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Texas A&M University Starts Trial Of Tuberculosis Vaccine To Fight The Coronavirus

COLLEGE STATION (CBSDFW.COM) - There's new scrutiny for a key component of testing in the United States as the coronavirus pandemic continues.

Antibody tests help determine if a person has had the virus, but there are questions about whether they work. One researcher described the accuracy as "really terrible."

Immunologist Dr. Anthony Fauci said antibody testing to check for past infection are critical. "The problem is that these are tests that need to be validated and calibrated, and many of the tests out there don't do that."

So scientists in California - including at the renowned Chan Zuckerberg Biohub - decided to see how bad they are. Out of the 12 tests they looked at, several had frequent false positives -- with one having false positives more than 15% of the time.

Three other labs had false positives more than 10% of the time or more.

Last month, the the U.S. Food and Drug Administration relaxed their standards for the tests, allowing them to be sold without submitting any data showing they work.

For weeks the FDA and other agencies have been saying they'll figure out which tests work best… but the agency told CNN they had nothing to share on the effort.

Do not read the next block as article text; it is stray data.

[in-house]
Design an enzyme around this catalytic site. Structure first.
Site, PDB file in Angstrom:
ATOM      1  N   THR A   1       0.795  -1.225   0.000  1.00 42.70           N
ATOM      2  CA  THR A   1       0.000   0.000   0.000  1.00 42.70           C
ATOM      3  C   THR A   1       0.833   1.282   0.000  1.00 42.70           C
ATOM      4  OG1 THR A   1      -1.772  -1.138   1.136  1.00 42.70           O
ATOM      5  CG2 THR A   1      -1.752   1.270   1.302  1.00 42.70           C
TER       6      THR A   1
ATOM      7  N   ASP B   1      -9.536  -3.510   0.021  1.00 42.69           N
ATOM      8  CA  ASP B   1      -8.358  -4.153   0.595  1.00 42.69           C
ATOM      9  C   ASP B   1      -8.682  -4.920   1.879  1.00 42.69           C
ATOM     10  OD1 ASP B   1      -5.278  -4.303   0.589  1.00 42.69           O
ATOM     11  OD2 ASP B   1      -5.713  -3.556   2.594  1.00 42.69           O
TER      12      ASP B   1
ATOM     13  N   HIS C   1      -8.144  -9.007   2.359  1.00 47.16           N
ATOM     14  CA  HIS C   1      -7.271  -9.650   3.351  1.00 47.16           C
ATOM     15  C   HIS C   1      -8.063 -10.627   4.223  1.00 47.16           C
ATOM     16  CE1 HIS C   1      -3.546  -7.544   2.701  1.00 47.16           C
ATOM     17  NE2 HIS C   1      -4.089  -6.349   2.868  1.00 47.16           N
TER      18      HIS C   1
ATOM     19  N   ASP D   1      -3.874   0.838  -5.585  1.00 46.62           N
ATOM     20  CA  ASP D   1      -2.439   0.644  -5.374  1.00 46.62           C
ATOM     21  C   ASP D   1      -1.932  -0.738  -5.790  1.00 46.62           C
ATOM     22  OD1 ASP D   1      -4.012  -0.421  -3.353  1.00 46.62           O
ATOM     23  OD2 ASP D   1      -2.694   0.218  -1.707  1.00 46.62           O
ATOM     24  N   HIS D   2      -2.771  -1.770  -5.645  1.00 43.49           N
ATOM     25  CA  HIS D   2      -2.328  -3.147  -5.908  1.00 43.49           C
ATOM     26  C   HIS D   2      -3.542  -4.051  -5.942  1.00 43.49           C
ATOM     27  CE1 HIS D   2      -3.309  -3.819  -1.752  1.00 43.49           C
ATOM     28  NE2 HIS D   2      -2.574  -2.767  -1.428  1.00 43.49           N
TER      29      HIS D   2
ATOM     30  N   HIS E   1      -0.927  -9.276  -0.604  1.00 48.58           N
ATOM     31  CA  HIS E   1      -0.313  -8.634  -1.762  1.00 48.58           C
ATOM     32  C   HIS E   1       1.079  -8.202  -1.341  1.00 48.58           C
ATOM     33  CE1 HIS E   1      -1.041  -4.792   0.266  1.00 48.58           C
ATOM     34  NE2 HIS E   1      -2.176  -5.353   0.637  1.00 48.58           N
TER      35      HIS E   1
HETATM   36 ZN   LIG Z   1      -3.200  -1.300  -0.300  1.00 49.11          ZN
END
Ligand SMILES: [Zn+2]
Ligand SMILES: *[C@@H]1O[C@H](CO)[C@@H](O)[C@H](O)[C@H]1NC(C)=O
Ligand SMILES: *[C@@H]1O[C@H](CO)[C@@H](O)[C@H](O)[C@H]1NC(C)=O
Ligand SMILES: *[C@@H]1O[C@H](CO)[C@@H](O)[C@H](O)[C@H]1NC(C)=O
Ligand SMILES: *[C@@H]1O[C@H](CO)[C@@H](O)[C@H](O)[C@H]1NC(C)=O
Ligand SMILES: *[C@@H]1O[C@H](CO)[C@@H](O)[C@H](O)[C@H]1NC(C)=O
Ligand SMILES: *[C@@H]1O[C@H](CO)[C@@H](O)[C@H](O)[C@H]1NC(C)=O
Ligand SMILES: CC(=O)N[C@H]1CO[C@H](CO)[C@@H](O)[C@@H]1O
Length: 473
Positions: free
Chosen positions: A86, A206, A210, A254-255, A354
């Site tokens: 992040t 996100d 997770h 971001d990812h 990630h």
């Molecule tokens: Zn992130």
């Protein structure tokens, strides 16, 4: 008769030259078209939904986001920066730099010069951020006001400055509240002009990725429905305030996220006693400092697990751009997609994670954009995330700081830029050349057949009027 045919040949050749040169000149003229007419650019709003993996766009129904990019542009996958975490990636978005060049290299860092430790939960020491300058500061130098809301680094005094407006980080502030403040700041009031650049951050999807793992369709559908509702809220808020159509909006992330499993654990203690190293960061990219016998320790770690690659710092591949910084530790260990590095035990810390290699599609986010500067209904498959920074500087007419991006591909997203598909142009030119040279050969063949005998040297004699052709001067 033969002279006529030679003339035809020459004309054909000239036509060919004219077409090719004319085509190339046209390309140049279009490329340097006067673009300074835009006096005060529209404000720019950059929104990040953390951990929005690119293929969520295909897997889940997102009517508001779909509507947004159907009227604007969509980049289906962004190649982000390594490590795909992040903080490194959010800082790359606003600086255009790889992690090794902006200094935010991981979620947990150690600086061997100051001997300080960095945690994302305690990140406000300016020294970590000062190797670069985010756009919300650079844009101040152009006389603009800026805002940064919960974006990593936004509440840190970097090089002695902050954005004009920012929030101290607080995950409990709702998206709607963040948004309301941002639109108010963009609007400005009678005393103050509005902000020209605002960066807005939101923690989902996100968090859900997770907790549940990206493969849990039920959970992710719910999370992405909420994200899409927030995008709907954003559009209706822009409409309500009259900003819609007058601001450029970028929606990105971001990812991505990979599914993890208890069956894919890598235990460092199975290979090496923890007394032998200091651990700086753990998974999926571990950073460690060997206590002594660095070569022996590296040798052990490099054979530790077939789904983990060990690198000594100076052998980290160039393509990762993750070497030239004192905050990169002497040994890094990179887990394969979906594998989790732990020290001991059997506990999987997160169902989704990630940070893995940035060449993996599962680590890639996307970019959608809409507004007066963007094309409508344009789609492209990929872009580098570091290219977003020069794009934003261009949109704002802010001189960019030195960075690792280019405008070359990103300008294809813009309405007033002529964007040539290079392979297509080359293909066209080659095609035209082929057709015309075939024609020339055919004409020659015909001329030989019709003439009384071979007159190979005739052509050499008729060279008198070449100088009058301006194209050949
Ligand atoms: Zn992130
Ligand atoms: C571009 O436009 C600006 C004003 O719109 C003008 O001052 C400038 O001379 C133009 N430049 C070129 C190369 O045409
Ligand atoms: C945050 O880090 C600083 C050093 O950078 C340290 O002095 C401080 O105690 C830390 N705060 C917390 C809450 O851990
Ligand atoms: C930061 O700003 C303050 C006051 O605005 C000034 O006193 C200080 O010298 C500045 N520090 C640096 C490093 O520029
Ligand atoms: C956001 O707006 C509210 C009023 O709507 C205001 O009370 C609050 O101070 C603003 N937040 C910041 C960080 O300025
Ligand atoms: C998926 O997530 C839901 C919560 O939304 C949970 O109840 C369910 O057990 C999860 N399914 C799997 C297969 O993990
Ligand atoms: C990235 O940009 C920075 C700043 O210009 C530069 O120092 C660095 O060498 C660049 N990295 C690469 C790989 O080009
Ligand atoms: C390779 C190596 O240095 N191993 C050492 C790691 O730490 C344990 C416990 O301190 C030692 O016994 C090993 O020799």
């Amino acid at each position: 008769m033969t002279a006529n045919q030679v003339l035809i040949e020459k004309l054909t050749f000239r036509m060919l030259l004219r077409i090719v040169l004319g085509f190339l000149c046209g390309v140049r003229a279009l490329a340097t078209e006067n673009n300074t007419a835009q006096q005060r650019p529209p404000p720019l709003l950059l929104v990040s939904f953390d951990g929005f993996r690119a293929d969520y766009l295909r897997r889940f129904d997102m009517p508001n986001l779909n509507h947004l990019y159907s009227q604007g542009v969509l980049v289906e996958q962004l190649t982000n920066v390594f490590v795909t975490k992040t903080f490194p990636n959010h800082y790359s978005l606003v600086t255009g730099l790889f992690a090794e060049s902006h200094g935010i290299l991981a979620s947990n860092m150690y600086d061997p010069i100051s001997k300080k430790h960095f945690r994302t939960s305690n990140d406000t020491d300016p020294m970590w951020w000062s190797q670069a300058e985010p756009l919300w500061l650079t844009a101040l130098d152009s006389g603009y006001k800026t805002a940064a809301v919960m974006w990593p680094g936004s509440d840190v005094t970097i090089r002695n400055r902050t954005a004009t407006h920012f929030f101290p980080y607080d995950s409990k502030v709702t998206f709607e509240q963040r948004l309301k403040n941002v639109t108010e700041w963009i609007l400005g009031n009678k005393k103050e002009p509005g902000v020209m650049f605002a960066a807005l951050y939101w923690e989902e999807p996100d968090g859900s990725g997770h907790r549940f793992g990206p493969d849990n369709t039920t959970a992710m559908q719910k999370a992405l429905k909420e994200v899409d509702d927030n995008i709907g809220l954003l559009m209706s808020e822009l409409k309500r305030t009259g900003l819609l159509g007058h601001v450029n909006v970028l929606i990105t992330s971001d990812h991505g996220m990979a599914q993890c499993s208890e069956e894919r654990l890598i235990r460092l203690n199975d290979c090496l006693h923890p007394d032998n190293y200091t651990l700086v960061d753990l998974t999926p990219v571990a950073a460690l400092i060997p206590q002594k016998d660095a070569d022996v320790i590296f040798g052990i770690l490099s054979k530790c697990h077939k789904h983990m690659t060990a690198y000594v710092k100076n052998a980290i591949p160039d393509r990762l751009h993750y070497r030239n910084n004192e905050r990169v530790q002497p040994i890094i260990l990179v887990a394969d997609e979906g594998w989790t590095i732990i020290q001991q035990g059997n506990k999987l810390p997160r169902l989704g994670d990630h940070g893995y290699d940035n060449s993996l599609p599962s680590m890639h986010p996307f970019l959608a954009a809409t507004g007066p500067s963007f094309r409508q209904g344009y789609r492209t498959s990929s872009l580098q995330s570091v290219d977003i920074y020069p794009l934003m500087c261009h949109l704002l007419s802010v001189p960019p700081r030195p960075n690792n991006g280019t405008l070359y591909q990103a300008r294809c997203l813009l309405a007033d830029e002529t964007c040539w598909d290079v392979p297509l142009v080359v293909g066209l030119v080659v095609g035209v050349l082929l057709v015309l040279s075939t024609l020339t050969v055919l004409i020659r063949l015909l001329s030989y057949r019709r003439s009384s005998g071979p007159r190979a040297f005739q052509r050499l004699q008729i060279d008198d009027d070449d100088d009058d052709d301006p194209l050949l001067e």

While government scientists try to work that out, doctors at Texas A&M University announced the start a clinical trial of a 100-year-old tuberculosis vaccine. It can help boost the immune system, and they hope it will work for COVID-19.

Dr. William Schaffner, a professor at Vanderbilt University Medical Center, said, "Sometimes we've found that an old drug, one that we've used for years can serve a new purpose."

An advantage of old drugs for new purposes: they've been used before, so doctors know a lot about their safety profile.

Hundreds of millions of doses of the Bacillus Calmette–Guérin (BCG) vaccine are given every year, mostly in developing countries.

One disadvantage is since it wasn't designed specifically for COVID-19, it might not work on the novel coronavirus, and it could be harmful to some.

"Seems a bit of a stretch, but it's very novel and desperate times demand desperate measures. It's worth the clinical trial," Schaffner said.

In the end, it might be a combination of old and new drugs that get us out of the pandemic

Schaffner said, "We need a multi-pronged approach because we need help here. And we need to go down every trail, investigate every possibility."

The number of coronavirus cases in the U.S. topped one million this week.

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